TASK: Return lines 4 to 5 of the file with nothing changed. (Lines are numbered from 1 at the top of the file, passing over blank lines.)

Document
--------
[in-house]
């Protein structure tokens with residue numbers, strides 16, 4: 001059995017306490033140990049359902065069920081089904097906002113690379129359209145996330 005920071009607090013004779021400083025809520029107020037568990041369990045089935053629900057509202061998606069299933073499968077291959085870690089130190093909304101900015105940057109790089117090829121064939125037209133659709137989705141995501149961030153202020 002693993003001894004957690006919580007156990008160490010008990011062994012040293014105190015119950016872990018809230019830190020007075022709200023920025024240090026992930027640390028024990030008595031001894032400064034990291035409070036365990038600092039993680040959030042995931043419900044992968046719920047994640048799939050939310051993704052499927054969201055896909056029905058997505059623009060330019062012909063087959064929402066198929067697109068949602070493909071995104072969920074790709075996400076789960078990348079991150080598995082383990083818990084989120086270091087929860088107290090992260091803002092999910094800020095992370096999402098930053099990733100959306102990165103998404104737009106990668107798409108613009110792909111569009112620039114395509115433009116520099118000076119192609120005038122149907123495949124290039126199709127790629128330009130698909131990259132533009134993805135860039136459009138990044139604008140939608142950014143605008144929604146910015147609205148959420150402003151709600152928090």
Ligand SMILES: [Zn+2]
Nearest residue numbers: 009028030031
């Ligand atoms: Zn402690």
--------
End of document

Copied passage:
Nearest residue numbers: 009028030031
């Ligand atoms: Zn402690």